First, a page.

If you feel unsafe in a relationship or feel that you need to be careful about what you say or do in a relationship to avoid confrontation or punishment, you may be experiencing violence.

Tip: You can download our Checklist: Are You Experiencing Violence?

Important Resources

Publications
WWDA Position Statement 1: Right to Freedom from Violence
Information from WWDA about the right to safety from all forms of violence and abuse.
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External website
1800RESPECT
A 24-hour confidential information, counselling and support service. Phone or chat online now.
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Checklist
Our Site Checklist: Are You Experiencing Violence?
Violence can be hard to recognise when you are the one experiencing it. This checklist can help you identify if you are experiencing violence.
Apple App Store
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Guides
Our Site Fact Sheet: What is Violence?
A WWDA fact sheet about the different types of violence.
Apple App Store
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Visit Website
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External website
Commonwealth Bank: Addressing Financial Abuse
A website providing a series of booklets to help people recognise financial abuse and get help.
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Apps
Sunny App
A free app for women with disability who have experienced violence and abuse.
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External website
1800RESPECT: Financial Abuse Toolkit
An online toolkit to help you understand financial abuse and get help when you need it.
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Guides
1800 Respect Easy English Book 1 - Learn About Violence
Easy English book about violence.
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Guides
1800 Respect Easy English Book 2 - Learn About Rights
Easy English book about your right to be safe from violence.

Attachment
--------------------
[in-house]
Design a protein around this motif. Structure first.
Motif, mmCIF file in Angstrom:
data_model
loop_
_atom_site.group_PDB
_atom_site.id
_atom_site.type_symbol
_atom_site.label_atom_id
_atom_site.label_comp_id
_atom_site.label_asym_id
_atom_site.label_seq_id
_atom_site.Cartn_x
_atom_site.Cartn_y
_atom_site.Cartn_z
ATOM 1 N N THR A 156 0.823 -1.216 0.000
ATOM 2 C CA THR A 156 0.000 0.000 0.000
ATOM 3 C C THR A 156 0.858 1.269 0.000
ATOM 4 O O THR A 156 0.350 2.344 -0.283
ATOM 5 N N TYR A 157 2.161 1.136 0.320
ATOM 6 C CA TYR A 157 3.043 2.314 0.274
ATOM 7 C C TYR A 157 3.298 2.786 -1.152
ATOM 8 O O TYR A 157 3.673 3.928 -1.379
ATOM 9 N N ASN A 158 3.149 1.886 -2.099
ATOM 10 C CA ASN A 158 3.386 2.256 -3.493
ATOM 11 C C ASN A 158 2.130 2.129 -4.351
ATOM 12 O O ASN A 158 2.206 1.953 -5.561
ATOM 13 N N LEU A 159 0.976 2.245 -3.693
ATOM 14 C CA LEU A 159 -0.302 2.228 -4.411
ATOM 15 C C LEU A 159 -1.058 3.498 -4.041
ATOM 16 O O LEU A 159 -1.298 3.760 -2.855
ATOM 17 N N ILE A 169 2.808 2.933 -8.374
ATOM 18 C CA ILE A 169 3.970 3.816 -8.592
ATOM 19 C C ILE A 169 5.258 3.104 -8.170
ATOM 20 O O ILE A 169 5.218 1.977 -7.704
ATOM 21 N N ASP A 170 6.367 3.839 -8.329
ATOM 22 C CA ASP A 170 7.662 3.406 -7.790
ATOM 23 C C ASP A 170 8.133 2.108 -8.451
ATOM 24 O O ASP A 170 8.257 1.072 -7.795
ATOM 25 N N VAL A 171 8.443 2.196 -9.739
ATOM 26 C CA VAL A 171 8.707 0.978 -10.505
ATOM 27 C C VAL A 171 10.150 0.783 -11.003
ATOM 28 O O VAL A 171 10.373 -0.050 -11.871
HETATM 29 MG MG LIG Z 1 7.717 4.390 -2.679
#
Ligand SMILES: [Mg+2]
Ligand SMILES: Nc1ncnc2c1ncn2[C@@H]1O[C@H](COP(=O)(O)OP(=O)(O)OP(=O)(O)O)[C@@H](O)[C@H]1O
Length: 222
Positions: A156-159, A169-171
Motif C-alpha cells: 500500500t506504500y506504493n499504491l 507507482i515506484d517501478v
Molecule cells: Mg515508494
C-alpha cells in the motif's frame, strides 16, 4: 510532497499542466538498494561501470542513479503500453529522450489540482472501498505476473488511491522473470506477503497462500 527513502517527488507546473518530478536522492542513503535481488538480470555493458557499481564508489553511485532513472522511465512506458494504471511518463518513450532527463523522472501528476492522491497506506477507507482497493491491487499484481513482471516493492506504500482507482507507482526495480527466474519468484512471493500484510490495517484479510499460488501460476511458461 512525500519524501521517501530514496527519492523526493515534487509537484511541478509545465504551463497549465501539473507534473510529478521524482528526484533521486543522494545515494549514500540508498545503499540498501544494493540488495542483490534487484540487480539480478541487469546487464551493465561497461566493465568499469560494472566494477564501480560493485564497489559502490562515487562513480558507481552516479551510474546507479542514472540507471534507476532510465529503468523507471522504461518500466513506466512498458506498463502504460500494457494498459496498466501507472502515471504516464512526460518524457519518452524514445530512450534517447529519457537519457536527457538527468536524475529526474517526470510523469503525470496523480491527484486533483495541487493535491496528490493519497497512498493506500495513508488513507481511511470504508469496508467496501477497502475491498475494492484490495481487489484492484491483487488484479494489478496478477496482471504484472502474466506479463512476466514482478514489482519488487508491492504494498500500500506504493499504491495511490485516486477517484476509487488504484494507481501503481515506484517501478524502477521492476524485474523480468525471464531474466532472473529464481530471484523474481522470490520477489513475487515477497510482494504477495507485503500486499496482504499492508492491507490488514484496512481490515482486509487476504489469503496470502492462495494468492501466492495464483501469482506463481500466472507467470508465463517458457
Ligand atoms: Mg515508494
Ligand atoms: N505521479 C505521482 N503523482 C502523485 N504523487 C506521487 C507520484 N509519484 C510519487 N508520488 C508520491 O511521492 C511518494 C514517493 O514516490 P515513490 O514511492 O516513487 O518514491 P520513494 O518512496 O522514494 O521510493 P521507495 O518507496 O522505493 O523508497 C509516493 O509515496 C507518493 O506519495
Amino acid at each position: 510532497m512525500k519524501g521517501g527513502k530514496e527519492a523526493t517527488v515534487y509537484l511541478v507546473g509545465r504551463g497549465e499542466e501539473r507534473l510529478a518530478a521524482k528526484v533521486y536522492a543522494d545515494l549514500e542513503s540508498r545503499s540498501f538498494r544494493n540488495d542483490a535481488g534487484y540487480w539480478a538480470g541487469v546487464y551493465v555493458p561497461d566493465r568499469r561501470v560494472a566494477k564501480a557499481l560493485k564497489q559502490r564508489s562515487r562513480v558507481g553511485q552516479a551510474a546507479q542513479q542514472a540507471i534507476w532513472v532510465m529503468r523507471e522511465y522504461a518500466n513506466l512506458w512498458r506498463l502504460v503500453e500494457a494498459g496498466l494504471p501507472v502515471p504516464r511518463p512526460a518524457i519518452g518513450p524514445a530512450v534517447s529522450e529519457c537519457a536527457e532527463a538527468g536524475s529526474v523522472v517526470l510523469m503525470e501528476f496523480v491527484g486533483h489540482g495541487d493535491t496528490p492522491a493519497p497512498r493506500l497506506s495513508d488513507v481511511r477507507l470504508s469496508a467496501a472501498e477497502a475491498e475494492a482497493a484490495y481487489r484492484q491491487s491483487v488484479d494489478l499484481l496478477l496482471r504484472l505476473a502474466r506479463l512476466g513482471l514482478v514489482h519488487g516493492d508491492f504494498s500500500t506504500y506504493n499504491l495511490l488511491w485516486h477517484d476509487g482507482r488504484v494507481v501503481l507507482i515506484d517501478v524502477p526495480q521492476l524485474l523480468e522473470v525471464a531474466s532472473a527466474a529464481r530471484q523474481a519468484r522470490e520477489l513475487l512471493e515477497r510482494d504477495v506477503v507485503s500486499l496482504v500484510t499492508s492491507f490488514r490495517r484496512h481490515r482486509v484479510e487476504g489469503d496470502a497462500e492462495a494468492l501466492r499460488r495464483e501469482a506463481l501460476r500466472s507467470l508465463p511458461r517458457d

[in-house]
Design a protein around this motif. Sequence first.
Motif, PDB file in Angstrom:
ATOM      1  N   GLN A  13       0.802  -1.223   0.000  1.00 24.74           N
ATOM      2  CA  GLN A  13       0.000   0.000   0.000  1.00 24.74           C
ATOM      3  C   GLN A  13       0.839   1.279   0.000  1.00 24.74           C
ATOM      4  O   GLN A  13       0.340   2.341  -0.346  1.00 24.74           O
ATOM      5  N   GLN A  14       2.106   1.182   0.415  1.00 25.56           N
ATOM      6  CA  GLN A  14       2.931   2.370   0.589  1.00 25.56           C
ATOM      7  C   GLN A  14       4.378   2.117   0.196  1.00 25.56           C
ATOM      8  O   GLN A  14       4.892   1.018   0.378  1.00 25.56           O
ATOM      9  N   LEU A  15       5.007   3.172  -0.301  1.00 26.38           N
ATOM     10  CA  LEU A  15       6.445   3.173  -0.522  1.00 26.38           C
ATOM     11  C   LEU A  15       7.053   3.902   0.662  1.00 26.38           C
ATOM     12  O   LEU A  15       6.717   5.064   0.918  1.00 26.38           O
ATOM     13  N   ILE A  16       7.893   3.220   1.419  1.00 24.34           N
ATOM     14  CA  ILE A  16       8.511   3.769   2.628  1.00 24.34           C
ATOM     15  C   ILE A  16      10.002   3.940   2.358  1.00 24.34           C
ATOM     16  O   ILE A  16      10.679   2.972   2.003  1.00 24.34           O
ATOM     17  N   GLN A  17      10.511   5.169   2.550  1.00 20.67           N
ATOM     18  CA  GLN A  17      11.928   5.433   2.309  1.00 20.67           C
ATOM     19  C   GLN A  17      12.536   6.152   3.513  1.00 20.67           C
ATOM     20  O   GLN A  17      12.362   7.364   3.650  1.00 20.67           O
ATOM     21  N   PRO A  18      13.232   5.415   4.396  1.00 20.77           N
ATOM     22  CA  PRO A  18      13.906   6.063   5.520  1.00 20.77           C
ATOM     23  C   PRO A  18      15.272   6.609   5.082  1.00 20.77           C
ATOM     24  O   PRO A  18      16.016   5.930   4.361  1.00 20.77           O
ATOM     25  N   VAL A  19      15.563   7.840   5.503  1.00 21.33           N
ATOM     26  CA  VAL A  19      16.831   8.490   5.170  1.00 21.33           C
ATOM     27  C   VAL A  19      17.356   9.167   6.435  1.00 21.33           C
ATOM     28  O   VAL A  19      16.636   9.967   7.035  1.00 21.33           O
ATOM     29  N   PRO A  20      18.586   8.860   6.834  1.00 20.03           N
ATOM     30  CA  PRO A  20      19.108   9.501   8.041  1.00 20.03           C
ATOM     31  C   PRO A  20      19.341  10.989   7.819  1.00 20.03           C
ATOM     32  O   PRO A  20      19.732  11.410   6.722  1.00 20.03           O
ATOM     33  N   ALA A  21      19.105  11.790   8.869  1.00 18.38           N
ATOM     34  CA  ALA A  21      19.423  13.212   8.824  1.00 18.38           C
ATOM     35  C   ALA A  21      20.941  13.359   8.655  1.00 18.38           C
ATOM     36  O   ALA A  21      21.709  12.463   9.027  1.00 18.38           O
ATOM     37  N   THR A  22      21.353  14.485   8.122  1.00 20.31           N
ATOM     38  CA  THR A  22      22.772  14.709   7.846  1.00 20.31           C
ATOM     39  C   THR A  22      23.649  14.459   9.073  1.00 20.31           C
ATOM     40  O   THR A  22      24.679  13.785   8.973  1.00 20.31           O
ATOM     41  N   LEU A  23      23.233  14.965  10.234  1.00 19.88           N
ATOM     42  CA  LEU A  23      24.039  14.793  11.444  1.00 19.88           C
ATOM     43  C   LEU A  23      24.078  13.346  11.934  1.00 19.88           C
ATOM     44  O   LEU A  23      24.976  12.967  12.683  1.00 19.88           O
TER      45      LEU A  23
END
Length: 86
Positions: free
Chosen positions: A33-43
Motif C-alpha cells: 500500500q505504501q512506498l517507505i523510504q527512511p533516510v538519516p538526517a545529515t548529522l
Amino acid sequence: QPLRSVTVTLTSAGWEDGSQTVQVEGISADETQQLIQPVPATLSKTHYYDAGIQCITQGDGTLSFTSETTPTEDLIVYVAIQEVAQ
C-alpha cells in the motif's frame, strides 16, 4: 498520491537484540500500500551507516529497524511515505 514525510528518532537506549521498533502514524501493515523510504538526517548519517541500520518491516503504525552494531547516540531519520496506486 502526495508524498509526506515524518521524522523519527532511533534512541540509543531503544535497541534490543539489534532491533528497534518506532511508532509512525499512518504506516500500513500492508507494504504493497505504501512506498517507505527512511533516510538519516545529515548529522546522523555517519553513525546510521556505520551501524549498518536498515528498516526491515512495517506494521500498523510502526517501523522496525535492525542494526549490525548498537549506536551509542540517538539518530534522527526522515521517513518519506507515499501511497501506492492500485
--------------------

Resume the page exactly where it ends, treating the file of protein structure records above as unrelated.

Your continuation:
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Guides
1800 Respect Easy English Book 3 - Where Violence Happens and Who Can Do Violence
Easy English book about where violence happesns and who can do violence.
Apple App Store
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Guides
WWILD: You Deserve To Be Safe (Sexual Assault)
An Easy Read booklet about Sexual Assault
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Guides
WWILD: You Deserve To Be Safe (Violence)
An Easy Read booklet about violence and how you can be safe.
Apple App Store
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Where to next:

External website
Royal Commission into Violence, Abuse, Neglect and Exploitation of People with Disability
Information about the Disability Royal Commission into Violence, Abuse, Neglect and Exploitation of People with Disability, including how to make a submission.
Apple App Store
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Accessible Word File
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External website
Family Violence Law Help
A website where you can learn about domestic and family violence and the law in Australia.
Apple App Store
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Visit Website
Accessible Word File
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Images
Know Your A-Z: Violence Against Women
A poster by OurWatch with information about preventing violence against women.
Apple App Store
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Visit Website
Accessible Word File
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Listen Now
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Apps
Daisy App
A free app that connects women around Australia to services that support women who are experiencing or have been subjected to violence.
Apple App Store
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Visit Website
Accessible Word File
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Listen Now
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External website
WWILD
WWILD supports people with intellectual or learning disabilities who have experienced sexual abuse or have been victims of crime. WWILD also works with the families, carers and services who support them.
Apple App Store
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Visit Website
Accessible Word File
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External website
Compass: Guiding Action on Elder Abuse
A national website to help you understand, navigating and get help with elder abuse in Australia.
Apple App Store